Relatives of murder victim Maurine Hunsaker among the first crime victims to testify under a new state law told the Board of Pardons Wednesday that her death has devastated their lives.

And they questioned why Menzies wasn't imprisoned sooner.Maurine Hunsaker's husband, Jim, and her mother, Betty Sudweeks, stood before board members Wednesday to describe the harm Menzies has caused them and to urge the board to "do the right thing" when deciding the killer's fate.

A law passed by the 1988 Legislature now allows the victims of crimes to testify at Board of Pardons hearings when criminals are being considered for parole. The law, which Sudweeks and Jim Hunsaker helped lobby for, went into effect Monday.

The first to testify, in another case, was the mother of an incest victim, who appeared before the board Wednesday morning. In that case, the board ordered the sex offender to remain in prison and scheduled a new hearing in April 1989.

The law defines crime victims to include close relatives of murder victims. It also allows victims, such as in the incest case, to appoint someone else to testify in their behalf, said Paul Sheffield, executive director of the board.

Menzies, sentenced to die for the February 1986 kidnapping and strangling Mrs. Hunsaker, appeared before the board for a parole revocation hearing. Menzies was released from prison in October 1984 after serving more than six years for armed robbery and escape from prison.

Board members Victoria Palacios, Gary Webster and Paul Boyden unanimously voted to revoke that parole because of his latest criminal convictions.

Their decision, however, matters little because Menzies is on death row while his convictions are being appealed to the Utah Supreme Court. If Menzies' death sentence is overturned, the board would then decide how long Menzies should stay in prison for the parole violations.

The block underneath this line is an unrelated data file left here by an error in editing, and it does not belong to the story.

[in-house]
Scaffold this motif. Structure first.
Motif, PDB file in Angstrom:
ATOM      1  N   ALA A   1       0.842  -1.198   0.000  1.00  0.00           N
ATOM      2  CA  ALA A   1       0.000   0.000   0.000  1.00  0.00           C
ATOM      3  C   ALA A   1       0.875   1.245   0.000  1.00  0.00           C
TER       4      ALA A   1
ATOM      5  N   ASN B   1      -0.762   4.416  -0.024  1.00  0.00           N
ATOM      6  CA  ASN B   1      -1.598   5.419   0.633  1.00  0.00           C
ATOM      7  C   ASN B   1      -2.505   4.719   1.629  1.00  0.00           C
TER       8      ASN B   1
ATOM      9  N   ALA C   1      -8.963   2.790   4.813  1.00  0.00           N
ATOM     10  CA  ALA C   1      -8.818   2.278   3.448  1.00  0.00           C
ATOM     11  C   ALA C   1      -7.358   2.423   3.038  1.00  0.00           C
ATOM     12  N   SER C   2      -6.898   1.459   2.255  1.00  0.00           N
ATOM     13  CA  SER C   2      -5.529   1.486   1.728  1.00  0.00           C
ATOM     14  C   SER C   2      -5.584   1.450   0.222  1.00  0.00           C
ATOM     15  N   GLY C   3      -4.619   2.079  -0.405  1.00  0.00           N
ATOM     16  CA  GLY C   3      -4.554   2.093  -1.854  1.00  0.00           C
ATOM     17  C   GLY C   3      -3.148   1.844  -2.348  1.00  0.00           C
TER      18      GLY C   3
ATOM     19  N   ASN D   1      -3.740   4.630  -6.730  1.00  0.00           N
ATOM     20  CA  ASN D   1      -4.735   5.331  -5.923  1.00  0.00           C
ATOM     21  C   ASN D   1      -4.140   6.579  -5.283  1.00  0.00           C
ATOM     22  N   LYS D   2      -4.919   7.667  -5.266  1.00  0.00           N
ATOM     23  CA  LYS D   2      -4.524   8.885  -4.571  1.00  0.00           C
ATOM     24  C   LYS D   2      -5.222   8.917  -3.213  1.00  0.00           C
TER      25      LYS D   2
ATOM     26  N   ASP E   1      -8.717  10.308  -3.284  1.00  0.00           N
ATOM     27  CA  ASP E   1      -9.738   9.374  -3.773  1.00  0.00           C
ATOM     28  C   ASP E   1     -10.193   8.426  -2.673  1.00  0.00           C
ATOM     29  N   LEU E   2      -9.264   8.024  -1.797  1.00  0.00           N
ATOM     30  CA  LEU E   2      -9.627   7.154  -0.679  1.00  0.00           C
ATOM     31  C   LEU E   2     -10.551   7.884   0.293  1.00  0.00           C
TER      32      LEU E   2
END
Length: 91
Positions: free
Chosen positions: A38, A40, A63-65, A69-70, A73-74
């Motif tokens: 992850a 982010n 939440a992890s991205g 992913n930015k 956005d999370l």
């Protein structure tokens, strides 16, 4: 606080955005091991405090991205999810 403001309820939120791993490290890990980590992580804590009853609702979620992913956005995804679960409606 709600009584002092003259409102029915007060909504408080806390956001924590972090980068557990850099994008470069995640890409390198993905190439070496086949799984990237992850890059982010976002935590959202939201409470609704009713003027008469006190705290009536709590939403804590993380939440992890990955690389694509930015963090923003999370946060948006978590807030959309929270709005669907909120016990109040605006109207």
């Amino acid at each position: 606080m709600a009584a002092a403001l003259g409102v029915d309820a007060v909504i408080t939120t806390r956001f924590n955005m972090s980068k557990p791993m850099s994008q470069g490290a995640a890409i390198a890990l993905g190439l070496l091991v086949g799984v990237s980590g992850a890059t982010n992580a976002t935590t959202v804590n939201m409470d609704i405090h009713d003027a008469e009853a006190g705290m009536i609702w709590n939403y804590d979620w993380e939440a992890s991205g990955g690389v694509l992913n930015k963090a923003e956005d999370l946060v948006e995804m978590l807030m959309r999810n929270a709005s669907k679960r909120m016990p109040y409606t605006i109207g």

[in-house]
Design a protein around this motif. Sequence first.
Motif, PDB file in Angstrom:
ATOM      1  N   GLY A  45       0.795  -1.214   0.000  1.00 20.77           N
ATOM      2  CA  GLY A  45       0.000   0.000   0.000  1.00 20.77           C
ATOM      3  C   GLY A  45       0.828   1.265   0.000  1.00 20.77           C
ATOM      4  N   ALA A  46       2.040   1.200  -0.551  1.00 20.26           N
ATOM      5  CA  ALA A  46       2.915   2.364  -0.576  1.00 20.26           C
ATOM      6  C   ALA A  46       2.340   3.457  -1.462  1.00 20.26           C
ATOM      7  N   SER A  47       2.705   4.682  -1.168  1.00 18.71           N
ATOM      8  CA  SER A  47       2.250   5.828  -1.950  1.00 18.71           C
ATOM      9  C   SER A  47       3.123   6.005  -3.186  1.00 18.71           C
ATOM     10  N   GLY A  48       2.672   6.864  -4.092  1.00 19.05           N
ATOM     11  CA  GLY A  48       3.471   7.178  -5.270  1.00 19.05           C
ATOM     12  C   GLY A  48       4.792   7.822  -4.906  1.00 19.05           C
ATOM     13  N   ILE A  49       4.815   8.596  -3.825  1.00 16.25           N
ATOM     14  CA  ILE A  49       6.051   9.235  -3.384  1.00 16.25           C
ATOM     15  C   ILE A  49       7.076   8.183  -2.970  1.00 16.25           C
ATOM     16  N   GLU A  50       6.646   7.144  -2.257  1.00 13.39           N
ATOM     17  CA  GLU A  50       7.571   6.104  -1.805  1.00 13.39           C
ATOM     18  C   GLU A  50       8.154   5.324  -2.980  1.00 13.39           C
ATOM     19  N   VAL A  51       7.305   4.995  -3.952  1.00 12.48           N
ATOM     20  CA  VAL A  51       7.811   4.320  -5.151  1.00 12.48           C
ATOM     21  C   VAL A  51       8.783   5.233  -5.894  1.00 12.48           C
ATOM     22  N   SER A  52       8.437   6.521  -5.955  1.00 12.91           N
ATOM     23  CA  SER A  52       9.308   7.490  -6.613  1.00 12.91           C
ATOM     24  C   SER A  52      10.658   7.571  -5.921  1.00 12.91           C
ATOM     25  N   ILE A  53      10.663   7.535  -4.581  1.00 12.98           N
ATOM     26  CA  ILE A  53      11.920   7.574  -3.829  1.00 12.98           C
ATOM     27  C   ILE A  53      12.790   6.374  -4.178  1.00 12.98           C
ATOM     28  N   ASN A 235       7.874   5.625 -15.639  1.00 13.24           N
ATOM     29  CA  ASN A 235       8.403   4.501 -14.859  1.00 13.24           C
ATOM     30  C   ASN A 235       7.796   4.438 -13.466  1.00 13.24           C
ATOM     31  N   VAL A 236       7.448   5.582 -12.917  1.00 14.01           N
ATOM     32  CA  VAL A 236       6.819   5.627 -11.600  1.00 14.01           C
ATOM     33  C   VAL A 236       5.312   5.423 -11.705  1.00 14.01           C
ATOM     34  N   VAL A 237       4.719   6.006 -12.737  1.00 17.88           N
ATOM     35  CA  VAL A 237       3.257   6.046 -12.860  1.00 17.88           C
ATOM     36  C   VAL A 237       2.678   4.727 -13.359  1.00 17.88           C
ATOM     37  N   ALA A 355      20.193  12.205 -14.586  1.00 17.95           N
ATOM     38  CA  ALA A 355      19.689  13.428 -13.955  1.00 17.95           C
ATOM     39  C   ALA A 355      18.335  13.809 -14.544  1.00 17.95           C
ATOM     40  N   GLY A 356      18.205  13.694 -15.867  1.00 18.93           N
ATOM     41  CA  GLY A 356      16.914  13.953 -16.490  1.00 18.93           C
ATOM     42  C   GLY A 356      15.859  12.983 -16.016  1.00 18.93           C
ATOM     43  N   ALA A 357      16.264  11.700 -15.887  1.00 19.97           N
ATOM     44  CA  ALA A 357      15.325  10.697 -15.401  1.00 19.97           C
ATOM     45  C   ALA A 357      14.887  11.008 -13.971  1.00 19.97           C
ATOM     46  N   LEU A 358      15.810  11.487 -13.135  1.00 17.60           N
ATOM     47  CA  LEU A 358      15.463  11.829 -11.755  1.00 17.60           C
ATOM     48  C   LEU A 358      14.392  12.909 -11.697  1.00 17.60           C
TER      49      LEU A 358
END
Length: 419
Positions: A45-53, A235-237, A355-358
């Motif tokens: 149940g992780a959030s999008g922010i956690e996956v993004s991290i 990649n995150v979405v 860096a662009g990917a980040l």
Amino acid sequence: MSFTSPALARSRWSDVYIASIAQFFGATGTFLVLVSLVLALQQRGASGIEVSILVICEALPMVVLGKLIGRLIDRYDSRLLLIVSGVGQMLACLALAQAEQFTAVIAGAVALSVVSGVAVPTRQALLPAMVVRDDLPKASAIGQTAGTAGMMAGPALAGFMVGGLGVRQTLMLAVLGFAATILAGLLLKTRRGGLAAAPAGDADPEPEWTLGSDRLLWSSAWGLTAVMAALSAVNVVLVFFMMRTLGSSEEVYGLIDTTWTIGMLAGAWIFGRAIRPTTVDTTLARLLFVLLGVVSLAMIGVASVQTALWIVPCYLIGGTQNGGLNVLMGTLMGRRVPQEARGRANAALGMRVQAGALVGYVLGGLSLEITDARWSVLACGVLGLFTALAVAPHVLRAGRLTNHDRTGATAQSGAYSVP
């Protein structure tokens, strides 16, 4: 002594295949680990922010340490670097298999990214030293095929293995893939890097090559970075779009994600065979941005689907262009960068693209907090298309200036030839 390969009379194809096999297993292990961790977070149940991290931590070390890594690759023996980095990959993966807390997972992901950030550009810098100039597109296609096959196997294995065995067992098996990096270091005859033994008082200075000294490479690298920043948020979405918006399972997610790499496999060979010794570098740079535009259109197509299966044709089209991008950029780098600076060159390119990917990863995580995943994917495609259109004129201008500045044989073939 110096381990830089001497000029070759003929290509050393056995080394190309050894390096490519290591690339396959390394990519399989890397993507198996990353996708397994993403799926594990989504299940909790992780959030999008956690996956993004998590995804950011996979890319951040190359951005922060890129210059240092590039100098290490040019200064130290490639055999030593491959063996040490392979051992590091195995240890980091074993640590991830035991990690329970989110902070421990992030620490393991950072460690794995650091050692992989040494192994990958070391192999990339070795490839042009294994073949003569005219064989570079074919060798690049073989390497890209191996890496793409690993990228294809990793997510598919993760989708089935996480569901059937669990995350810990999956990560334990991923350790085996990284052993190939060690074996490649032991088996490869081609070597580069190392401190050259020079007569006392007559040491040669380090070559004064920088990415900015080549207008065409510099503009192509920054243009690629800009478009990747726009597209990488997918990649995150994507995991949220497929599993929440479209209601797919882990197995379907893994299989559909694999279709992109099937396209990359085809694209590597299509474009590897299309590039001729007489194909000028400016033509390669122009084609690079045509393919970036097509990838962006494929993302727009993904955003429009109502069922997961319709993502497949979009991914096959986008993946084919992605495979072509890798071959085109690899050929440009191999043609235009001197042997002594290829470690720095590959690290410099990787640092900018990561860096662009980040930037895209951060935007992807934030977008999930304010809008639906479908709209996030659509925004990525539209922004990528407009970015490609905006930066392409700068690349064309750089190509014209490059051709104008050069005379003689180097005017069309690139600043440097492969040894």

Before addressing the board, Jim Hunsaker gave the board members photographs of his wife and their three children, saying, "I want you to know how this (murder) devastated our lives."

He told the board he has trouble sleeping at night and wakes up to the sounds of children crying.

But the children, ages 12, 3 and 2, are not there because they are with Maurine's mother. Hunsaker said his wife's murder has temporarily rendered him emotionally incapable of caring for the kids.

"I've lost out on two years of raising my children. . . . How do I get that back? How do they get their mother back?"

He asked why Menzies wasn't returned to prison before the crime spree that ended in Maurine's death. Hunsaker was apparently referring to thefts Menzies committed in November 1985, about a year after his parole and about three months before Maurine Hunsaker was kidnapped from her gas station job on Feb. 23, 1986. Her body was found two days later. She had been stabbed and strangled.

"We just ask that you do whatever is necessary to see that Mr. Menzies' sentence is carried out."

During the testimony, Menzies stared emptily at the victims testifying and showed little emotion.

Following the hearing, Sudweeks, Hunsaker and relatives of other homicide victims expressed pleasure in the new law that allows them to make statements during pardons board hearings.

Sheffield said afterward that the testimony of crime victims carries a great deal of impact, particularly testimony like that of Jim Hunsaker.